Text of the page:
By TOM GODFREY
About 30 vocal members of the community attended a meeting at Toronto Police headquarters to speak out against a proposed anti-carding policy that many claim was “watered-down”.
The room was packed on April 2 as groups and activists tried to stop the Community Engagements Policy that would roll back for Toronto Police officers racial profiling and carding guidelines that was imposed by the Toronto Police Services Board in April 2014.
The meeting was deferred until April 16, when Chief Bill Blair is expected to report back with details on what personal information his officers will continue to record in traffic and other stops.
Deputants blasted the Board and Blair for trying to impose a version of the policy that they claim would benefit police and not the community. Activists are opposed to officers not having to issue receipts as promised, with their name and badge number, for every interaction with community members.
Members of the Ontario Human Rights Commission (OHRC) are concerned over the outcome of the thousands of contact cards already issued by police to young Black males.
“There is a gross over-representation of African Canadians who were issued contact cards under the category of ‘general investigation’,” the OHRC said in a written statement. “The previous policy called for these records to be purged but the new policy makes no commitment to do so.”
The OHRC credited the Board and Toronto Police for taking some steps to address racial profiling but warned that much more have to be done.
“We strongly urge that the Board and Service effectively address racial discrimination now,” its officials said. “The quality of life of Black and other racialized and indigenous people in this city depends on it.”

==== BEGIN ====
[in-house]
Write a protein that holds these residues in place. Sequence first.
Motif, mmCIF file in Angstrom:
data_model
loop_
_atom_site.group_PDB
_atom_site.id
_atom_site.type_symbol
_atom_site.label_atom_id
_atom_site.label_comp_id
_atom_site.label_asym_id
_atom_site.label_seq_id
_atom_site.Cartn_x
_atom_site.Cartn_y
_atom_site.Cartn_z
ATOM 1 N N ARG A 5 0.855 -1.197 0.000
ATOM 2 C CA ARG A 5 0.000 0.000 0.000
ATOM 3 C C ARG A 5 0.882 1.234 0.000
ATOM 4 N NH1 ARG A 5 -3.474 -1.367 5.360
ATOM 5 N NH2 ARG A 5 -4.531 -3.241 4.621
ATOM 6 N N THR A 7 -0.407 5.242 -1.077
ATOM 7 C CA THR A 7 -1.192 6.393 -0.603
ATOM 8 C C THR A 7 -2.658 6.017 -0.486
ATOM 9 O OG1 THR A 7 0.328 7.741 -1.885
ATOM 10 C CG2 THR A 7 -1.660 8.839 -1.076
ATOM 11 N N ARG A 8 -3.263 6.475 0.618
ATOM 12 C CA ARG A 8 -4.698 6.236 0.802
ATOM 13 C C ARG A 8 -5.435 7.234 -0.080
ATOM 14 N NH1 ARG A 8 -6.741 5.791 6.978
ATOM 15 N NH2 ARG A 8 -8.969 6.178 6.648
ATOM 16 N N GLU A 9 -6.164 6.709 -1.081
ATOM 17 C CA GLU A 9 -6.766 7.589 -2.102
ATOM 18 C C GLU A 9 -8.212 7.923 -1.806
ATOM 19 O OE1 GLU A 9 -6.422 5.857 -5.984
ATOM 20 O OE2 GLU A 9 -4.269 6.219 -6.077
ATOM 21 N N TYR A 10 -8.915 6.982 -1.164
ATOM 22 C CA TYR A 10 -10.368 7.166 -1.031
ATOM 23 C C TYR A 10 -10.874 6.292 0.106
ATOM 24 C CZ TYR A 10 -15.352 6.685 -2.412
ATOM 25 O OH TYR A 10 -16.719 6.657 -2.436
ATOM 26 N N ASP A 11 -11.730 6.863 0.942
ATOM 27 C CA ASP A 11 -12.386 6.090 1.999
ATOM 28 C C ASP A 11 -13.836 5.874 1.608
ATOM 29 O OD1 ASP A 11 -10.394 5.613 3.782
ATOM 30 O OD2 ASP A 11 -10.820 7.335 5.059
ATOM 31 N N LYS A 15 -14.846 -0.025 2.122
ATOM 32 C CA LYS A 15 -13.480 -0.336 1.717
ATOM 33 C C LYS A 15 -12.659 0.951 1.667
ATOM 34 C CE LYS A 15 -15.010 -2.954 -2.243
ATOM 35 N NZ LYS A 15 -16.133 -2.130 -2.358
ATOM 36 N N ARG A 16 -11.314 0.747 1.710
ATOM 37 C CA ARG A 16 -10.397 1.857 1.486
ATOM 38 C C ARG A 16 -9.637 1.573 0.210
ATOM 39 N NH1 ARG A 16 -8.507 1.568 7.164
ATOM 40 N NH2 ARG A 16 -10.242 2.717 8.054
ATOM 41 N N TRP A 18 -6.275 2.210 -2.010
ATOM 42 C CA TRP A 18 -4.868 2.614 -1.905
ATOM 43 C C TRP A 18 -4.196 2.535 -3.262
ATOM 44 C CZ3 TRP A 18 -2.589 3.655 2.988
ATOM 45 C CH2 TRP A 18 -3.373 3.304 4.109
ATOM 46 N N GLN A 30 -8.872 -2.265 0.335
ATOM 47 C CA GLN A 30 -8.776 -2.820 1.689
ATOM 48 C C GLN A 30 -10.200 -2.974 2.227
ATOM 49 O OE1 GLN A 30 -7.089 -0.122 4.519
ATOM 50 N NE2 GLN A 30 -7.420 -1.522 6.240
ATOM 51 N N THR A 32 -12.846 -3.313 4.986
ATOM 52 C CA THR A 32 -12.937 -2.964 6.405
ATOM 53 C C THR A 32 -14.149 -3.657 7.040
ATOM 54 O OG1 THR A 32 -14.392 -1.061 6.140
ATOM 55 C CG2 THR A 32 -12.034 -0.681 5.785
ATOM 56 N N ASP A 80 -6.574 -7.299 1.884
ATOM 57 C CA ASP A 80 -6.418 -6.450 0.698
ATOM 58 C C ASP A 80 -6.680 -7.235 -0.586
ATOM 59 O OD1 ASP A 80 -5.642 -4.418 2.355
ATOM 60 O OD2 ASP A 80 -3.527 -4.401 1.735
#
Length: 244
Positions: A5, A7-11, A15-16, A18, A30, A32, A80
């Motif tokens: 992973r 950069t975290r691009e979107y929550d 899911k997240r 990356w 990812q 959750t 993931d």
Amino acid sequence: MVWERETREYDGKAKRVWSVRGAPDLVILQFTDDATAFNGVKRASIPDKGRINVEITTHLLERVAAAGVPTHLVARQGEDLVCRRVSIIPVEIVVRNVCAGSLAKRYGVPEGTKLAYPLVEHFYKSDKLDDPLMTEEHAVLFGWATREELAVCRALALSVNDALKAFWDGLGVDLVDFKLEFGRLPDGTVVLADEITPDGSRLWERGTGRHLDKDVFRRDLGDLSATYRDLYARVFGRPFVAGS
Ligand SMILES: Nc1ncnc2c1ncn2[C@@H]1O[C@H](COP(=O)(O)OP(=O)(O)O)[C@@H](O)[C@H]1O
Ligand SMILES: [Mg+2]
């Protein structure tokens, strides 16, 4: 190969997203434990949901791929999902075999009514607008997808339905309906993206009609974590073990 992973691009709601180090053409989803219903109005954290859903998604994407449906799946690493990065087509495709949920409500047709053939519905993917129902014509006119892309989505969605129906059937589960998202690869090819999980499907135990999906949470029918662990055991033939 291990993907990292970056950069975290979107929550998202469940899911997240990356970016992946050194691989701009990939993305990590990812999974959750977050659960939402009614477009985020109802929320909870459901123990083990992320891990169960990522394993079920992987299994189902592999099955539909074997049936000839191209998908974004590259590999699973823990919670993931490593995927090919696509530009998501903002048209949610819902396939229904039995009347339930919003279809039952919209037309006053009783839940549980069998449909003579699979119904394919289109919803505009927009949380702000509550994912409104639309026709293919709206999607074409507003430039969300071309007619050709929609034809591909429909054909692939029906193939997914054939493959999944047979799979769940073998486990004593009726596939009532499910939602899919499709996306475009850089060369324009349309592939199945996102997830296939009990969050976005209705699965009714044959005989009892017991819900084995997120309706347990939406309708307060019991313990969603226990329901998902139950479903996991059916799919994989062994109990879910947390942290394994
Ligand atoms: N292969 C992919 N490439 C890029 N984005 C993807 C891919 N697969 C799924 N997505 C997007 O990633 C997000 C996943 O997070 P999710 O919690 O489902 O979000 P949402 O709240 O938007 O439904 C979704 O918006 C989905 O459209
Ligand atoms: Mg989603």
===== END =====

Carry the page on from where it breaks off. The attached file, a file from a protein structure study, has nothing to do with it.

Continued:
There were comments made against the police proposal by a range of groups including the Black Action Defense Committee (BADC) and Jamaican Diaspora Canada Foundation (JDCF).
“We would like to express in the strongest possible terms, our community’s displeasure and disapproval to some of the proposed amendments,” BADC president, Kingsley Gilliam, told the Board. “We are gravely concerned by the events that have led to this watered-down and adulterated draft policy,” Gilliam said in his submission. “The net effect of the draft policy amounts to an audacious and illegitimate attack on certain constitutional rights that Canadians hold dear.”
He said under the draft policy, the “Chief will be assuming the role of the Board to determine how this policy will be carried out, and after jettisoning years of public consultations”.
Gilliam said many recommendations made over time by a wide cross-section of the community will also be shelved.
“All police activities are engagements, however, sometimes the engaged individuals end up brutally assaulted, injured and some of them end up dead,” he said. “Mayor Tory, is this the kind of legacy you would like to leave behind?”
He said if the policy is approved “it would no further alienate the community from the police but would undermine any confidence left in the Board”.
Board chair, Dr. Alok Mukherjee, said that he was pleased with the proposal, which he claimed was “good for the community”.
JDCF president, Valarie Steele, said Tory has to take some of the heat for the policy still being on hold as young men continue to be targeted by police.
“Under Mayor Tory’s leadership policing in this city is going back to the 1960s,” warned Steele, a former president of the Jamaican Canadian Association. “Tory is allowing his friendship with Chief Blair to cloud his judgment in dealing with the police file.”
Steele questioned why Andrew Pringle remains on the Board even though she said he lives near Niagara Falls.
“Mayor Tory, you have brought conflict and divisiveness in your handling of this policy matter,” she warned. “This will dog you for the entire period of your tenure as Mayor of Toronto.”
Tory was also accused of removing Councillor Michael Thompson from the Board because he “could not be manipulated or cajoled”.